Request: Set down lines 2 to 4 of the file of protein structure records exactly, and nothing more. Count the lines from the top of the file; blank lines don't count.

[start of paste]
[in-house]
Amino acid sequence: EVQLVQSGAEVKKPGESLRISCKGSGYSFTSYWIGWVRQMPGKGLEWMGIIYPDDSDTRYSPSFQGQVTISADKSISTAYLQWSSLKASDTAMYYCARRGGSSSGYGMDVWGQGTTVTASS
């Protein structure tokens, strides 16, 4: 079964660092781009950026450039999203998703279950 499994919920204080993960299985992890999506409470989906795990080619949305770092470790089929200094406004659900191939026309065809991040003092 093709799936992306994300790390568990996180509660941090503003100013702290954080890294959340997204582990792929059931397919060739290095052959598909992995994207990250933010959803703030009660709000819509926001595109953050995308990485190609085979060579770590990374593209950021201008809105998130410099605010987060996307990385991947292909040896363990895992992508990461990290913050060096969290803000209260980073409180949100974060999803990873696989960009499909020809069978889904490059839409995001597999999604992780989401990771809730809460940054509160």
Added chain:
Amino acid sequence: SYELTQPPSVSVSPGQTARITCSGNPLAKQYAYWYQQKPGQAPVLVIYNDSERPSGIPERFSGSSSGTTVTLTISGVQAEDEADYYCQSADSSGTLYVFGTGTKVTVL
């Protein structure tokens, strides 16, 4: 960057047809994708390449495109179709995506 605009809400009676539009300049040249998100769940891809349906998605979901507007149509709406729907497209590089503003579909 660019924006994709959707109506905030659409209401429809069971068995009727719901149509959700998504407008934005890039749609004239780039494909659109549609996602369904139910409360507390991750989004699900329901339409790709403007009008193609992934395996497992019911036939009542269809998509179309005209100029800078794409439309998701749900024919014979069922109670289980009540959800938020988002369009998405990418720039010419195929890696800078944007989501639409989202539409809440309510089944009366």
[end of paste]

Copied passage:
Amino acid sequence: EVQLVQSGAEVKKPGESLRISCKGSGYSFTSYWIGWVRQMPGKGLEWMGIIYPDDSDTRYSPSFQGQVTISADKSISTAYLQWSSLKASDTAMYYCARRGGSSSGYGMDVWGQGTTVTASS
């Protein structure tokens, strides 16, 4: 079964660092781009950026450039999203998703279950 499994919920204080993960299985992890999506409470989906795990080619949305770092470790089929200094406004659900191939026309065809991040003092 093709799936992306994300790390568990996180509660941090503003100013702290954080890294959340997204582990792929059931397919060739290095052959598909992995994207990250933010959803703030009660709000819509926001595109953050995308990485190609085979060579770590990374593209950021201008809105998130410099605010987060996307990385991947292909040896363990895992992508990461990290913050060096969290803000209260980073409180949100974060999803990873696989960009499909020809069978889904490059839409995001597999999604992780989401990771809730809460940054509160």
Added chain: